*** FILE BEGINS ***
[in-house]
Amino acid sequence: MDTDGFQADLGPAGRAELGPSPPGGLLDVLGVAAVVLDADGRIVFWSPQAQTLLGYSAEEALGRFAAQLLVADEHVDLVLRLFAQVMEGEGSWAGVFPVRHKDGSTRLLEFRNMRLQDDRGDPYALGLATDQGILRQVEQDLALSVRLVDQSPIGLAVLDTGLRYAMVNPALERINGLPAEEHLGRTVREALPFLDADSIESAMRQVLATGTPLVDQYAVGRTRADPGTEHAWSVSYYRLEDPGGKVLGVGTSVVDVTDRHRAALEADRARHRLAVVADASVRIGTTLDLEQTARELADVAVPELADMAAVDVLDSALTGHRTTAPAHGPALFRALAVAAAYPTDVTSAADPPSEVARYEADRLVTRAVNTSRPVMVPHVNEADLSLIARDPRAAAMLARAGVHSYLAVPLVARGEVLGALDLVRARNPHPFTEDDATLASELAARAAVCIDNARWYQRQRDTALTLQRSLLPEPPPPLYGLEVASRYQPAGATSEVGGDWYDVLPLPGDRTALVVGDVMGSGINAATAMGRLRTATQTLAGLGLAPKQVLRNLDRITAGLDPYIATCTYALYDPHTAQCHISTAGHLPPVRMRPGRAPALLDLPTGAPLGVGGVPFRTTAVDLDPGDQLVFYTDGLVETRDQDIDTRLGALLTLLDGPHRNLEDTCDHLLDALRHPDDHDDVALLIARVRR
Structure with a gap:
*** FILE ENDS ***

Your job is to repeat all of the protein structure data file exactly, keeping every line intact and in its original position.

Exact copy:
[in-house]
Amino acid sequence: MDTDGFQADLGPAGRAELGPSPPGGLLDVLGVAAVVLDADGRIVFWSPQAQTLLGYSAEEALGRFAAQLLVADEHVDLVLRLFAQVMEGEGSWAGVFPVRHKDGSTRLLEFRNMRLQDDRGDPYALGLATDQGILRQVEQDLALSVRLVDQSPIGLAVLDTGLRYAMVNPALERINGLPAEEHLGRTVREALPFLDADSIESAMRQVLATGTPLVDQYAVGRTRADPGTEHAWSVSYYRLEDPGGKVLGVGTSVVDVTDRHRAALEADRARHRLAVVADASVRIGTTLDLEQTARELADVAVPELADMAAVDVLDSALTGHRTTAPAHGPALFRALAVAAAYPTDVTSAADPPSEVARYEADRLVTRAVNTSRPVMVPHVNEADLSLIARDPRAAAMLARAGVHSYLAVPLVARGEVLGALDLVRARNPHPFTEDDATLASELAARAAVCIDNARWYQRQRDTALTLQRSLLPEPPPPLYGLEVASRYQPAGATSEVGGDWYDVLPLPGDRTALVVGDVMGSGINAATAMGRLRTATQTLAGLGLAPKQVLRNLDRITAGLDPYIATCTYALYDPHTAQCHISTAGHLPPVRMRPGRAPALLDLPTGAPLGVGGVPFRTTAVDLDPGDQLVFYTDGLVETRDQDIDTRLGALLTLLDGPHRNLEDTCDHLLDALRHPDDHDDVALLIARVRR
Structure with a gap: